Auckland's electronic Hop card has failed the customer-friendly test for university student James Parcell, who says he had to "jump through the hoops" to claim a concession fare.

When he went to renew the concession on his student Hop card, he was told he had to supply signed scanned documents to prove who he was.

"This is a ridiculous overreaction," said the engineering student, who lives in Mt Eden and with the card saves 80c a trip on the adult single stage bus fare.

Mr Parcell had to go from university to Britomart Transport Centre to get an application form, which was a signed declaration, and validate his ID.


Ten working days must be allowed for the concession to be renewed.

"This is a terrible system and I hear a lot of grumbles from students," he said. "It does not sound much but an extra $32 a month is significant to a student and that's only if you live one stage from the university. It's much worse for students travelling more.

"How about streamlining with the tertiary institutions so enrolment adds me to a student discount data base instead of this outdated signed form?"

Mr Parcell said that having used public transport in Dunedin and Perth, he was surprised at the hassles in catching a bus in Auckland.

"I think they need to look elsewhere where systems are better organised."

He found it strange that when shops near his bus stop refused to top up the card and he had to pay cash, he was unable to claim the tertiary student discount. But secondary students were able to pay cash and get a discount.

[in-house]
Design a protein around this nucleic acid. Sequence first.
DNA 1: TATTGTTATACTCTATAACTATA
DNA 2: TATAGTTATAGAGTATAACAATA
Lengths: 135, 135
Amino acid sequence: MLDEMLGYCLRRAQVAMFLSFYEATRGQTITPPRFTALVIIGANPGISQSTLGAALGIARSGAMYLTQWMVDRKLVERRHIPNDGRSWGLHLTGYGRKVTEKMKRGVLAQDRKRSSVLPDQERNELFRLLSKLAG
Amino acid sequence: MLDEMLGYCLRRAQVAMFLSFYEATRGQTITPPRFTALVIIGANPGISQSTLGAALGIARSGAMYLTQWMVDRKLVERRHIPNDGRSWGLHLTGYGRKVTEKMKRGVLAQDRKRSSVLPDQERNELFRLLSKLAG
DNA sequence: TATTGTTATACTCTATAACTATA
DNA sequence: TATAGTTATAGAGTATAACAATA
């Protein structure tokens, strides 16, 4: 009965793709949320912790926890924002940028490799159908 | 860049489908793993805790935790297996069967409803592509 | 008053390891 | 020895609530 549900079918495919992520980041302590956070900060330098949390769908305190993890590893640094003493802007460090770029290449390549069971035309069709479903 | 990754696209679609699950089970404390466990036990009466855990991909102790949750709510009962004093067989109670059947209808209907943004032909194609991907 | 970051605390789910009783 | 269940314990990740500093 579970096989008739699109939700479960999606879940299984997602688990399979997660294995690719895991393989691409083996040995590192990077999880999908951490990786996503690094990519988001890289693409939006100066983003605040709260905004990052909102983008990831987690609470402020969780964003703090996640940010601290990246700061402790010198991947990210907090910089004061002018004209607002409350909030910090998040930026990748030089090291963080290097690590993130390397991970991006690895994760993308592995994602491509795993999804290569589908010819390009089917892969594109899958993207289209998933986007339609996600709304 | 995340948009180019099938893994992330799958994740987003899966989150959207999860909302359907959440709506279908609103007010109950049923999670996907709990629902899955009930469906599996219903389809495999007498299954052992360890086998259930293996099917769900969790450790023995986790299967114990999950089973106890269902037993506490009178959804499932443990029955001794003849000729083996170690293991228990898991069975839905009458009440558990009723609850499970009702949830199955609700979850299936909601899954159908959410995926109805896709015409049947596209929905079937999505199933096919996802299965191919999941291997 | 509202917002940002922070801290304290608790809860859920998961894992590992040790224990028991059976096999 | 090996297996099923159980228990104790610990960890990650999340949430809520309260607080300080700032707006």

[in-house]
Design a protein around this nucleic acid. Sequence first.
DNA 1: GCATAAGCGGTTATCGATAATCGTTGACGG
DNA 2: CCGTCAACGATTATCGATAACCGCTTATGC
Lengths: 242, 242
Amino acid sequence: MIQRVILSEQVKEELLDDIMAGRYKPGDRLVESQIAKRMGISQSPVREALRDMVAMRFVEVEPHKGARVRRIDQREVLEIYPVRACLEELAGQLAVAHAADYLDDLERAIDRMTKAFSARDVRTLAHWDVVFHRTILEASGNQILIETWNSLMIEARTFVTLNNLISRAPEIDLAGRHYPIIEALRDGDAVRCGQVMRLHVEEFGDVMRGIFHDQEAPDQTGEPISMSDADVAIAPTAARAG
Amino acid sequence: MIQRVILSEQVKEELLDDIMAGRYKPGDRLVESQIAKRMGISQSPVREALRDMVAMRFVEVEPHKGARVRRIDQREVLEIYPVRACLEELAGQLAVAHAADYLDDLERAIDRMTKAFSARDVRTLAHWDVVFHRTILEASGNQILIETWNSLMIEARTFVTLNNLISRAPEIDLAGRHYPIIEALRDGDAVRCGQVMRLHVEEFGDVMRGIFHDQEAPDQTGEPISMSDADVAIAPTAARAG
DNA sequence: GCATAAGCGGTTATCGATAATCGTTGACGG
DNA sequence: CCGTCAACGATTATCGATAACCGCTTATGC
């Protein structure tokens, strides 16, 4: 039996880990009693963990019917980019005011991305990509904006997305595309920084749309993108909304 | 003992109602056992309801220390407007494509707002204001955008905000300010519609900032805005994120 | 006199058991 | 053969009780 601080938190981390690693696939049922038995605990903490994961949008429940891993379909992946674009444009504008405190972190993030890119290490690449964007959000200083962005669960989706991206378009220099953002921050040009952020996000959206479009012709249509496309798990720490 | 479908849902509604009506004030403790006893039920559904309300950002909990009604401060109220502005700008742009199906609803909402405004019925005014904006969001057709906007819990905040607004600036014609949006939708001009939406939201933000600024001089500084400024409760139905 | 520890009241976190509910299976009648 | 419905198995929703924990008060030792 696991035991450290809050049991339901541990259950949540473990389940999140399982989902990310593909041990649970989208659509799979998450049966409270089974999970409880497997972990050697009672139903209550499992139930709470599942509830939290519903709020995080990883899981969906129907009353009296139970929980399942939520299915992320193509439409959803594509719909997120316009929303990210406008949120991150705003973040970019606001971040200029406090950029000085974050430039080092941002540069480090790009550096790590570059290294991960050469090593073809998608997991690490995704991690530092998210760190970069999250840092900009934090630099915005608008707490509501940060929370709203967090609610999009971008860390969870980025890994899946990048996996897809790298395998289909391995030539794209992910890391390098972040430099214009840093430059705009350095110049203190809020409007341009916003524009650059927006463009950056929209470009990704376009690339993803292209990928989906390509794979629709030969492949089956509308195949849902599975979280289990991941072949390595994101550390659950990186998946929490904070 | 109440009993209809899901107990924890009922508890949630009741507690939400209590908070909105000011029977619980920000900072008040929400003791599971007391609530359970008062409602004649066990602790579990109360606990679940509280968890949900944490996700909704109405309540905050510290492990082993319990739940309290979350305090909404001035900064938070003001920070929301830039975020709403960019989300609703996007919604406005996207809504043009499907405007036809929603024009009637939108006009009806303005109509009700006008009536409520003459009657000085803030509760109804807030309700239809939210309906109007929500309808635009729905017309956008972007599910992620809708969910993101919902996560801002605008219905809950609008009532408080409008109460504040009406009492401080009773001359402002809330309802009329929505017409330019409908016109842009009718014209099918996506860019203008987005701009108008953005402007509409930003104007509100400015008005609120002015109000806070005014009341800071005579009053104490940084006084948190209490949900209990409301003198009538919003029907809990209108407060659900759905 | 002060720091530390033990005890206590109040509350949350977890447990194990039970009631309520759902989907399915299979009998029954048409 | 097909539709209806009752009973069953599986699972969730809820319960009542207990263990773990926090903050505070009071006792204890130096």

Auckland Transport spokeswoman Sharon Hunter said proof of identification was required because the "substantial" discount came from ratepayers and taxpayers.

Tertiary institutes had withdrawn from providing renewal facilities on campus but there had been several options for renewing the concession when it expired on March 31.

"We had Hop helpers stationed at key tertiary institutes for over four weeks where students could hand in forms and have their ID validated by a Hop helper."

A window had been set up at Britomart to validate student ID and accept hardcopy forms. Students could also apply online.

Another option was to download the application form off the website, enclose documentation, and send it to a free post address or drop it in at the main transport hubs.

Regarding Mr Parcell's complaint about a lack of stores topping up cards, Auckland Transport said people would be able to top up online by the end of the year when the card would be introduced across the region's bus, rail and ferry fleets.